FIG. 11 can be considered as a high level diagram showing the elements needed to implement coherent channel substitution with multiple wavelength channels. In fact there are many ways to arrange the different elements so that the DSP may calculate modulation functions for the add lasers and the appropriate modulation may be applied. Solutions are possible where the functions represented by the blocks in FIG. 11 are separated and grouped in other ways. For example, FIG. 13 shows an architecture which appears different from that of FIG. 11, where the input monitor function and the add laser combiner function are implemented in a distributed manner. There are two add laser combiners 1302 and 1304, and two input monitors 1301 and 1303 in the example of FIG. 13. All the solutions have the following in common: the digital signal processor has knowledge of the phases of the add lasers with respect to one another, the electric fields of the input WDM channels with respect to the add lasers and the desired output electric field with respect to the add lasers; and the digital signal processor acts on modulation components via D/A converters so that the electric field of the modulated add lasers which superimposes on the input electric field is able to effect the required channel substitution. The second input monitor 1303 in line sees a signal which is different from the input signal 501 in that a portion of the optical spectrum has been replaced by coherent interference at the first combiner 1302. The signal seen by this input monitor partially corresponds to the input signal 501. The DSP may know the input signal electric field envelope by assembling data from all the input monitors, even if the individual input monitors see signals which only partially correspond to the input signal. Similarly, the output monitor may be distributed, and the individual output monitors may see signals which partially correspond to the output signal 504. It is possible for a sampled coherent detection unit to perform the role of both an input monitor and an output monitor.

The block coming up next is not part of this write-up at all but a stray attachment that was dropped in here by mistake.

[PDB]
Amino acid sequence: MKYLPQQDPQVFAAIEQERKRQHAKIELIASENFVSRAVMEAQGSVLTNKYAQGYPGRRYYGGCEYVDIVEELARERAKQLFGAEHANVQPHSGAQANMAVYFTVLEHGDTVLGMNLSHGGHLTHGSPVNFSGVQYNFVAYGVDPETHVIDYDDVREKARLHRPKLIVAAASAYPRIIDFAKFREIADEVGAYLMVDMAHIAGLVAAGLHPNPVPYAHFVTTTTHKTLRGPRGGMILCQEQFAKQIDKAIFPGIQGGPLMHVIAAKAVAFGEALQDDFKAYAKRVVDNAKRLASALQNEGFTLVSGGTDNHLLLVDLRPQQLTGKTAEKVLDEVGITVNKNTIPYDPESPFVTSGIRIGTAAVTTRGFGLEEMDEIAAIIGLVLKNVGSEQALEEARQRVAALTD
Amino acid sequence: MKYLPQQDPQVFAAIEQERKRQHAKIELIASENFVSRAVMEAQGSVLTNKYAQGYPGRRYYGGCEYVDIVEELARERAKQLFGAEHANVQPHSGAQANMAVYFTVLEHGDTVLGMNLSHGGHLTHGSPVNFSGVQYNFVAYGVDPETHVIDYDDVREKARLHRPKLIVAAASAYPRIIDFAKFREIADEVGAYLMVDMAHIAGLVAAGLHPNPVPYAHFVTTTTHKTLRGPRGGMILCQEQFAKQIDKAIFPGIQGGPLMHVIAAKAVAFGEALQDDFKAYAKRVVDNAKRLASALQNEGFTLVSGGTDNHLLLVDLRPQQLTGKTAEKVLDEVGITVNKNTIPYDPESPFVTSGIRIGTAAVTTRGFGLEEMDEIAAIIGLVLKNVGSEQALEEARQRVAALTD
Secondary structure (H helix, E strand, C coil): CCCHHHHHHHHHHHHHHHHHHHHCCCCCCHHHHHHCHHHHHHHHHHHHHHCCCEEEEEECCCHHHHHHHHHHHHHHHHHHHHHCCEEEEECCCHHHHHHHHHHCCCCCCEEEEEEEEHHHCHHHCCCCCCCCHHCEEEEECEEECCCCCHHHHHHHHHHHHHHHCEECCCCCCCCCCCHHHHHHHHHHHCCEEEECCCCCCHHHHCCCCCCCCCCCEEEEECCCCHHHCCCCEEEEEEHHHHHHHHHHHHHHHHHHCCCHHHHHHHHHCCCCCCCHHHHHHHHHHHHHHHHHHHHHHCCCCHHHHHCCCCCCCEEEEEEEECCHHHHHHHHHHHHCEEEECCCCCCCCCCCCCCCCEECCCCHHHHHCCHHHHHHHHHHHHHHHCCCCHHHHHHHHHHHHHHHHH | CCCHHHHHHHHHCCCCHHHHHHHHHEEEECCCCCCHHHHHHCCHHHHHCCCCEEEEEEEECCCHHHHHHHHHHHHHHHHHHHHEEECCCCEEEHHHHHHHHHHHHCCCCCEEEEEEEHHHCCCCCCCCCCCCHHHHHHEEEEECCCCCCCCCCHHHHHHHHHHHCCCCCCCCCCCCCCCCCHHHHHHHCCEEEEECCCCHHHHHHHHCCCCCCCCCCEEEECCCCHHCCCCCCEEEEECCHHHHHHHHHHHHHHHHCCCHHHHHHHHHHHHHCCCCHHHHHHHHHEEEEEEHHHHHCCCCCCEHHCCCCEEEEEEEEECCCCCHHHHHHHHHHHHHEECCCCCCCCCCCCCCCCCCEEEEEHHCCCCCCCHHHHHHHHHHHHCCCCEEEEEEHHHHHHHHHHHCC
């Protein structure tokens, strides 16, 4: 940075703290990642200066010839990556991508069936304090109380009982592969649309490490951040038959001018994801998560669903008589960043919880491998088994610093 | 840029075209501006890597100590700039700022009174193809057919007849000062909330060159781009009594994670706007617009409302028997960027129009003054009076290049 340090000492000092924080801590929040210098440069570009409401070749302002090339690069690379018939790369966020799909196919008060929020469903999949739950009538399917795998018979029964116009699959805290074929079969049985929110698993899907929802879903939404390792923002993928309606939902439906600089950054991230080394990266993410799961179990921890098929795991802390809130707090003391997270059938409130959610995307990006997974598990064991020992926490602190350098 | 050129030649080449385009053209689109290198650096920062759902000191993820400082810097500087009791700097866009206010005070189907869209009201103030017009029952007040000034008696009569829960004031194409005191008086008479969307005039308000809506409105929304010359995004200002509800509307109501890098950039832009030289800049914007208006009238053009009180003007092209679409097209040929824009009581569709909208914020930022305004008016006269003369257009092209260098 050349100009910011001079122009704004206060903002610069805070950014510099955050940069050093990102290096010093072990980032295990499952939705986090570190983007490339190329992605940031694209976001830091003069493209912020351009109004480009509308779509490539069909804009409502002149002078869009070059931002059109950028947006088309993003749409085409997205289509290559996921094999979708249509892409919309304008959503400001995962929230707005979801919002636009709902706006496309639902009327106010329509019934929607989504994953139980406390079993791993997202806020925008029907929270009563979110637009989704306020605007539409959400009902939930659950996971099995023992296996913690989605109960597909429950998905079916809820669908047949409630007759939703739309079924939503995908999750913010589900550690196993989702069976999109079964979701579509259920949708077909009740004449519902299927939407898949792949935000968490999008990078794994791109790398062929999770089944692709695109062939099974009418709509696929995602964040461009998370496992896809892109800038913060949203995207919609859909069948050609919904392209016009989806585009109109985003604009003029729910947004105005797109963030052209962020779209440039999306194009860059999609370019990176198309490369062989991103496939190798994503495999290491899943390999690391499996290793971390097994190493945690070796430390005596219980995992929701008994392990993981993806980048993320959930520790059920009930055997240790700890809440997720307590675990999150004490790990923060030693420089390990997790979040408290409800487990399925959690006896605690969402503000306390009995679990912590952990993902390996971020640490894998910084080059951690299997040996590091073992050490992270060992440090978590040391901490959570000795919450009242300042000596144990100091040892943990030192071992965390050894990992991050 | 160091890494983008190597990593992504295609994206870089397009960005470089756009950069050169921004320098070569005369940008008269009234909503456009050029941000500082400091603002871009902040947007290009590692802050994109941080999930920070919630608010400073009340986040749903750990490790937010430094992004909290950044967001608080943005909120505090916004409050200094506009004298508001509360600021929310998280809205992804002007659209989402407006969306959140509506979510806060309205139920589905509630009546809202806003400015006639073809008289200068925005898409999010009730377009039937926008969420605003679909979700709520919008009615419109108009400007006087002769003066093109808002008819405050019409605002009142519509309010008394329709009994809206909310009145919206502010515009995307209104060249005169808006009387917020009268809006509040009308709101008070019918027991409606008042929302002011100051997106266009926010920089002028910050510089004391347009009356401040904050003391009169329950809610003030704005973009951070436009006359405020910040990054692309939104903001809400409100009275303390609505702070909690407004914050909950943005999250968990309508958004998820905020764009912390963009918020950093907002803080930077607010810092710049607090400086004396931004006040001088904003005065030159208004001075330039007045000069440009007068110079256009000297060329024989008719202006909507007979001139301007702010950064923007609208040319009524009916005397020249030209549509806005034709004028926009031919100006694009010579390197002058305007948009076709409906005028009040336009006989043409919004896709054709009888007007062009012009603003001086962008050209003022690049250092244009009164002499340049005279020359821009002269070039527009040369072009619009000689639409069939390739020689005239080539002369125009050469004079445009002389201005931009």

To calculate the Nadd different Madd,k (t){circumflex over (p)}add,k functions, the spectrum of the composite input and desired output electric field is divided into sections. A one-sided stitching function Gos (ω) is chosen which has the property that